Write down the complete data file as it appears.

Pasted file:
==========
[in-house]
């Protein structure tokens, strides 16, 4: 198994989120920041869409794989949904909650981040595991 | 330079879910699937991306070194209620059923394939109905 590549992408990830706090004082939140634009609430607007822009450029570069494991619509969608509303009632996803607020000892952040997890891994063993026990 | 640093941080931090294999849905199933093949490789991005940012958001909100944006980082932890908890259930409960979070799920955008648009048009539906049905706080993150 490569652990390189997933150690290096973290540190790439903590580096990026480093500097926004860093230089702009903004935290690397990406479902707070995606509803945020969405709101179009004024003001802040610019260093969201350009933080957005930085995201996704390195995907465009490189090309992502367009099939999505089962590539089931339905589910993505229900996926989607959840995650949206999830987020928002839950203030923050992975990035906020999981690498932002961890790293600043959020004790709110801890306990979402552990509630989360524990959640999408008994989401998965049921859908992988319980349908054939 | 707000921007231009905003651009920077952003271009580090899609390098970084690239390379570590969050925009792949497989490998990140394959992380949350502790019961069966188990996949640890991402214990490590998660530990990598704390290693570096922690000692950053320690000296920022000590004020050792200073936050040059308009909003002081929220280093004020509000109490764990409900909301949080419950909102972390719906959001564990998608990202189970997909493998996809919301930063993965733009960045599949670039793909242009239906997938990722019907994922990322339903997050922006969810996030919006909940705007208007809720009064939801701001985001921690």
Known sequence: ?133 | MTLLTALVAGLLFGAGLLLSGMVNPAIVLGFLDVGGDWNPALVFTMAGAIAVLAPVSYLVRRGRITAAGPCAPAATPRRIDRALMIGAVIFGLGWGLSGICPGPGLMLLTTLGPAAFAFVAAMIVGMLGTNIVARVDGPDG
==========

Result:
[in-house]
């Protein structure tokens, strides 16, 4: 198994989120920041869409794989949904909650981040595991 | 330079879910699937991306070194209620059923394939109905 590549992408990830706090004082939140634009609430607007822009450029570069494991619509969608509303009632996803607020000892952040997890891994063993026990 | 640093941080931090294999849905199933093949490789991005940012958001909100944006980082932890908890259930409960979070799920955008648009048009539906049905706080993150 490569652990390189997933150690290096973290540190790439903590580096990026480093500097926004860093230089702009903004935290690397990406479902707070995606509803945020969405709101179009004024003001802040610019260093969201350009933080957005930085995201996704390195995907465009490189090309992502367009099939999505089962590539089931339905589910993505229900996926989607959840995650949206999830987020928002839950203030923050992975990035906020999981690498932002961890790293600043959020004790709110801890306990979402552990509630989360524990959640999408008994989401998965049921859908992988319980349908054939 | 707000921007231009905003651009920077952003271009580090899609390098970084690239390379570590969050925009792949497989490998990140394959992380949350502790019961069966188990996949640890991402214990490590998660530990990598704390290693570096922690000692950053320690000296920022000590004020050792200073936050040059308009909003002081929220280093004020509000109490764990409900909301949080419950909102972390719906959001564990998608990202189970997909493998996809919301930063993965733009960045599949670039793909242009239906997938990722019907994922990322339903997050922006969810996030919006909940705007208007809720009064939801701001985001921690």
Known sequence: ?133 | MTLLTALVAGLLFGAGLLLSGMVNPAIVLGFLDVGGDWNPALVFTMAGAIAVLAPVSYLVRRGRITAAGPCAPAATPRRIDRALMIGAVIFGLGWGLSGICPGPGLMLLTTLGPAAFAFVAAMIVGMLGTNIVARVDGPDG